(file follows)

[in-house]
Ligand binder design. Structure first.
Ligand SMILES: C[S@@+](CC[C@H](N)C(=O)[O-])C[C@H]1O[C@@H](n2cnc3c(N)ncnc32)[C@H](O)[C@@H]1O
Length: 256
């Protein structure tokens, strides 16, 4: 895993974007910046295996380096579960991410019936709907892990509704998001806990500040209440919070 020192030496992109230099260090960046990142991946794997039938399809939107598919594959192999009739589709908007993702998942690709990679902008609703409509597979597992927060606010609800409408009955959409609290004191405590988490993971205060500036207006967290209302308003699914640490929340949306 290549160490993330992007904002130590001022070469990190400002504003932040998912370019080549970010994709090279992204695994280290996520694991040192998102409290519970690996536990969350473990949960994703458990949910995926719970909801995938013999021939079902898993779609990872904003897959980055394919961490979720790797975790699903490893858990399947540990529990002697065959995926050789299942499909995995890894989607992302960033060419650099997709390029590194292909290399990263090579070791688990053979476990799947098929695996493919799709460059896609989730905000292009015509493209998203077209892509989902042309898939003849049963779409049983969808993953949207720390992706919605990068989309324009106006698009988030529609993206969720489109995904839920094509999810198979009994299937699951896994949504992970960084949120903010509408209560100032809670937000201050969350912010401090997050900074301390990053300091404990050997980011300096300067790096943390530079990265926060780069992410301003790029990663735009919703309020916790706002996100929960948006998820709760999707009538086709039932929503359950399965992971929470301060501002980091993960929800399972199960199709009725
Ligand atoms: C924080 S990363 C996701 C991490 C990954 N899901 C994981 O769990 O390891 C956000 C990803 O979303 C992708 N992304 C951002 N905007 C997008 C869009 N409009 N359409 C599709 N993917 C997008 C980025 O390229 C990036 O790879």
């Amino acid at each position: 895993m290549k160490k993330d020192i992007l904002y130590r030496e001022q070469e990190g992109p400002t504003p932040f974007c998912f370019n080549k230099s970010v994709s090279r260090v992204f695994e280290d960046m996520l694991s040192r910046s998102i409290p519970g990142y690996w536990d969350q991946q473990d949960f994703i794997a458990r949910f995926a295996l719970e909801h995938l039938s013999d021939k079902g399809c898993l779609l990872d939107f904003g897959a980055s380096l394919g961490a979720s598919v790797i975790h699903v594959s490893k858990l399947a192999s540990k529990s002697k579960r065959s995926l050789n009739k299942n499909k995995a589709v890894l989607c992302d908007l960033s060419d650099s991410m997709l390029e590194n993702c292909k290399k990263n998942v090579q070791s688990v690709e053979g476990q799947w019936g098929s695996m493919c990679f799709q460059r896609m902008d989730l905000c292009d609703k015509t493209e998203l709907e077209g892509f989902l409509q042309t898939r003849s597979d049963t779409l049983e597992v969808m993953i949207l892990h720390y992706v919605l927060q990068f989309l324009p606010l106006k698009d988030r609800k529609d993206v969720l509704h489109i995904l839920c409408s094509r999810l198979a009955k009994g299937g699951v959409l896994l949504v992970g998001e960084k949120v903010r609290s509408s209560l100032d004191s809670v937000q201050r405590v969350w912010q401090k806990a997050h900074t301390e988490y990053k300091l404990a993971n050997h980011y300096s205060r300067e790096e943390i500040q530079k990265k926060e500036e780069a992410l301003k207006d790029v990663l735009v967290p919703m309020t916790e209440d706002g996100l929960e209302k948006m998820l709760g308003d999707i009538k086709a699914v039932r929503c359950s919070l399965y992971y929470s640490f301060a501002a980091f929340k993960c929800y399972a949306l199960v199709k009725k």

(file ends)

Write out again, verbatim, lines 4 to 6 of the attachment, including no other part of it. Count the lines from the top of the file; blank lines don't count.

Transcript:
Length: 256
């Protein structure tokens, strides 16, 4: 895993974007910046295996380096579960991410019936709907892990509704998001806990500040209440919070 020192030496992109230099260090960046990142991946794997039938399809939107598919594959192999009739589709908007993702998942690709990679902008609703409509597979597992927060606010609800409408009955959409609290004191405590988490993971205060500036207006967290209302308003699914640490929340949306 290549160490993330992007904002130590001022070469990190400002504003932040998912370019080549970010994709090279992204695994280290996520694991040192998102409290519970690996536990969350473990949960994703458990949910995926719970909801995938013999021939079902898993779609990872904003897959980055394919961490979720790797975790699903490893858990399947540990529990002697065959995926050789299942499909995995890894989607992302960033060419650099997709390029590194292909290399990263090579070791688990053979476990799947098929695996493919799709460059896609989730905000292009015509493209998203077209892509989902042309898939003849049963779409049983969808993953949207720390992706919605990068989309324009106006698009988030529609993206969720489109995904839920094509999810198979009994299937699951896994949504992970960084949120903010509408209560100032809670937000201050969350912010401090997050900074301390990053300091404990050997980011300096300067790096943390530079990265926060780069992410301003790029990663735009919703309020916790706002996100929960948006998820709760999707009538086709039932929503359950399965992971929470301060501002980091993960929800399972199960199709009725
Ligand atoms: C924080 S990363 C996701 C991490 C990954 N899901 C994981 O769990 O390891 C956000 C990803 O979303 C992708 N992304 C951002 N905007 C997008 C869009 N409009 N359409 C599709 N993917 C997008 C980025 O390229 C990036 O790879």